Scoring for Hitch by Neil Brand
I believe that there is such a thing as a ‘Hitchcock score’, for all the fact that Hitch worked with numerous composers during his sound career. It’s a score heavily weighted towards the tonality of Bernard Herrmann and Miklos Rozsa, a textbook compendium of tension and thrill motifs which soars romantically in the love scenes with just a hint of warning that there may be no happy ending. This is the toolbox I raided when I embarked on this score for Blackmail and I have enjoyed it more than any work I have ever done before.
This is due to many factors – Timothy Brock is the collaborator of my dreams and a great part of any success this score may have is due to his extraordinary musicianship and enthusiasm. I have never scored a film for full symphony orchestra before and if the challenges were daunting, the opportunities were dazzling. The silent Blackmail is, for me, the greatest British silent film, a mature and adult drama and a more rewarding experience than its sound counterpart – understandably since Hitch was, by 1929, a master of the techniques of silent cinema. Sound made him a pioneer, albeit a hugely gifted one, in the new medium of hissing soundtracks and cut-glass accents. Blackmail is, moreover, a great British work of art in any medium, the most alluring and fearsome aspect of all in my attempting to score it.
The film is drenched in the character of London, my home town, and its peculiarly British (specifically English) attitudes, few of them particularly wholesome, all character quirks I grew up with and recognise. Hitch himself is an amalgam of a good Catholic’s attitude to sin (guilt and retribution) and a good Londoner’s attitude to crime (quiet fascination with those who effortlessly practise it and outright delight at those who stylishly get away with it) and Blackmail was, at this point in his career, his most definitive statement of his own character. He makes his musical requirements very obvious from beyond the grave, through masterly direction of the action. Like Hitch, I fell in love with Anny Ondra and tried to make the music complicit in her seduction (it’s that beautiful dress that gets her into trouble - in my score when she wears it she becomes Cinderella unaware she is about to be raped by Prince Charming) and I also tried to mirror Hitch’s love of London and its people, with the exception of its policemen.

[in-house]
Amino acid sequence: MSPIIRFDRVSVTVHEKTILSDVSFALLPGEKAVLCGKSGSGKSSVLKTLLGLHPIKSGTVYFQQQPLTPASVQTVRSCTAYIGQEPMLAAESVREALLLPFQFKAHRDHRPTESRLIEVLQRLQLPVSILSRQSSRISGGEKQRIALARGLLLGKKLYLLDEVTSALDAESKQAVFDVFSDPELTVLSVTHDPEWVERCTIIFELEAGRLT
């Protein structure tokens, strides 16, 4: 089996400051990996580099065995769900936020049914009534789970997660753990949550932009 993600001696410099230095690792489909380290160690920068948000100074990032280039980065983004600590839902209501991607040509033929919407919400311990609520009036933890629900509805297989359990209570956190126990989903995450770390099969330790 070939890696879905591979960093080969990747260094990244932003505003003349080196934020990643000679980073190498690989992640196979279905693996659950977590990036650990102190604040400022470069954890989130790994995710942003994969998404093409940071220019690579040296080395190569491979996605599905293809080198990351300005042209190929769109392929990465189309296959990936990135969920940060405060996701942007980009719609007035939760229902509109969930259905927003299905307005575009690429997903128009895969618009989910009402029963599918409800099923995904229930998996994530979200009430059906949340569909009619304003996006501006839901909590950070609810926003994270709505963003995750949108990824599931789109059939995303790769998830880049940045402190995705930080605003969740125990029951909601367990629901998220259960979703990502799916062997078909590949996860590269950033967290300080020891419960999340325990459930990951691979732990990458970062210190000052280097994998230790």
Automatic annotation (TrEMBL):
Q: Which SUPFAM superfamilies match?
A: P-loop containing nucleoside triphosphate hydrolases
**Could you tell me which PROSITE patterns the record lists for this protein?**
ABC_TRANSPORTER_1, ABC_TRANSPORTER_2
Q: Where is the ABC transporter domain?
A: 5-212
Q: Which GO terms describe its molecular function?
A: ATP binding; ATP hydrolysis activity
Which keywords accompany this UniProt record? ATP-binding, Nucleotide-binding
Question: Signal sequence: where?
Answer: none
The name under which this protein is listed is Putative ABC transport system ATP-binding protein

For the first time in my life I have been in the same privileged position as my composition heroes – working with the best director in the business towards a classic romantic orchestral score in the old tradition, where tonalities seldom enter pure major or minor keys but lurch between the two, matching the characters’ flailing (and all too human) moral choices. As Blackmail delights in the grey areas of human behaviour, the score attempts to be equally alluring shades of grey. The music came with much hard work but great delight – mainly because of Maestro Brock’s care, patience and energy but also because of the giants on whose shoulders I was standing. Hitch, Herrmann, Rozsa and Waxman had done it all before and I had been listening to them all my life.
I am enormously grateful to the festival for giving me this wonderful opportunity in my 50th year and, coincidentally, for making Blackmail the first British silent drama to be newly scored for full orchestra since the advent of sound.